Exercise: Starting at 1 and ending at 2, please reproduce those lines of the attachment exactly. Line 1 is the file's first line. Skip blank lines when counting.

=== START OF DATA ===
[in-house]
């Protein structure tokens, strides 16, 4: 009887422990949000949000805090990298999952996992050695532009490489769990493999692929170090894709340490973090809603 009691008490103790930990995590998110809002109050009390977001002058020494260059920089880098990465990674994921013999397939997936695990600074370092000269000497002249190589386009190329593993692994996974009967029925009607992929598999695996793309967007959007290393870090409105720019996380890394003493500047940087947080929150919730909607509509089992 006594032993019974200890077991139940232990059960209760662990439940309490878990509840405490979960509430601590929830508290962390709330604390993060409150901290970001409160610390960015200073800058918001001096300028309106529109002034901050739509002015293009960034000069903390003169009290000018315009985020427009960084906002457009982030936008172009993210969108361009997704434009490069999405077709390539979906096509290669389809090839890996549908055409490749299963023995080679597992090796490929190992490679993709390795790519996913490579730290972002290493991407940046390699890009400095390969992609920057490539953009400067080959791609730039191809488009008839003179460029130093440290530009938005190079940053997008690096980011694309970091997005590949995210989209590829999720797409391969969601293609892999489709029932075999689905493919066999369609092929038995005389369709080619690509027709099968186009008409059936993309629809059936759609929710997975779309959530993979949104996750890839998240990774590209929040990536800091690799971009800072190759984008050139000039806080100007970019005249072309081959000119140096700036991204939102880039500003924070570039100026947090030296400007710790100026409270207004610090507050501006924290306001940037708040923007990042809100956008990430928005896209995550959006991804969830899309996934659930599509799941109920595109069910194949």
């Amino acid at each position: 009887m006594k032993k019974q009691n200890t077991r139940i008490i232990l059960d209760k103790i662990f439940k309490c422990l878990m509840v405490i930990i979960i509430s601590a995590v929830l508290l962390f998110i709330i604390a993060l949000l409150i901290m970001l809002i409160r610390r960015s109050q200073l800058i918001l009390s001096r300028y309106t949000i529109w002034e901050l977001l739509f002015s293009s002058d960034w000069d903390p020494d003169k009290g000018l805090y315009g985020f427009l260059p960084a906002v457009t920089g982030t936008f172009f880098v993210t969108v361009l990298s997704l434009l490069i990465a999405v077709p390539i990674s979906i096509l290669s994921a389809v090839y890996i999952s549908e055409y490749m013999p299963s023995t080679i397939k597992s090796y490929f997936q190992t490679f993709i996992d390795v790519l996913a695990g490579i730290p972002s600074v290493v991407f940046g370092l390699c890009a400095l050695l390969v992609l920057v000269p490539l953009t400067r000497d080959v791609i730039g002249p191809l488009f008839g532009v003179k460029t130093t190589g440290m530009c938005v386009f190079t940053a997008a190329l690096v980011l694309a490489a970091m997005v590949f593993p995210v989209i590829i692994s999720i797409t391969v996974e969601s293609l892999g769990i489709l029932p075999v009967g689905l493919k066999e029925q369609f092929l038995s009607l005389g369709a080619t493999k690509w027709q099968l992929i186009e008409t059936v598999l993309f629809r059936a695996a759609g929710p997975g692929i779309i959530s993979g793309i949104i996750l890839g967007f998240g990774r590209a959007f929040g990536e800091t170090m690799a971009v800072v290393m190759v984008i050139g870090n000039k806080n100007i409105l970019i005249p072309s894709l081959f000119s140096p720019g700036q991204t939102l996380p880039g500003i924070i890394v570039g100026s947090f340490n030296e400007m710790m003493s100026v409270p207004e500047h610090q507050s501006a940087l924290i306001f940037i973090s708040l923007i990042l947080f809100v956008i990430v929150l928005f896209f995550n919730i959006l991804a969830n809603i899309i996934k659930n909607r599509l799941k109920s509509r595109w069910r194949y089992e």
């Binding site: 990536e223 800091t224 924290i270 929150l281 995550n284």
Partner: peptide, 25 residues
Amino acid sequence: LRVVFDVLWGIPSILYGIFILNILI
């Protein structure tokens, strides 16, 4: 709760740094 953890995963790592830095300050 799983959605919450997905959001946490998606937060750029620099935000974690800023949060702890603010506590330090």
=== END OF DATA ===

[in-house]
């Protein structure tokens, strides 16, 4: 009887422990949000949000805090990298999952996992050695532009490489769990493999692929170090894709340490973090809603 009691008490103790930990995590998110809002109050009390977001002058020494260059920089880098990465990674994921013999397939997936695990600074370092000269000497002249190589386009190329593993692994996974009967029925009607992929598999695996793309967007959007290393870090409105720019996380890394003493500047940087947080929150919730909607509509089992 006594032993019974200890077991139940232990059960209760662990439940309490878990509840405490979960509430601590929830508290962390709330604390993060409150901290970001409160610390960015200073800058918001001096300028309106529109002034901050739509002015293009960034000069903390003169009290000018315009985020427009960084906002457009982030936008172009993210969108361009997704434009490069999405077709390539979906096509290669389809090839890996549908055409490749299963023995080679597992090796490929190992490679993709390795790519996913490579730290972002290493991407940046390699890009400095390969992609920057490539953009400067080959791609730039191809488009008839003179460029130093440290530009938005190079940053997008690096980011694309970091997005590949995210989209590829999720797409391969969601293609892999489709029932075999689905493919066999369609092929038995005389369709080619690509027709099968186009008409059936993309629809059936759609929710997975779309959530993979949104996750890839998240990774590209929040990536800091690799971009800072190759984008050139000039806080100007970019005249072309081959000119140096700036991204939102880039500003924070570039100026947090030296400007710790100026409270207004610090507050501006924290306001940037708040923007990042809100956008990430928005896209995550959006991804969830899309996934659930599509799941109920595109069910194949």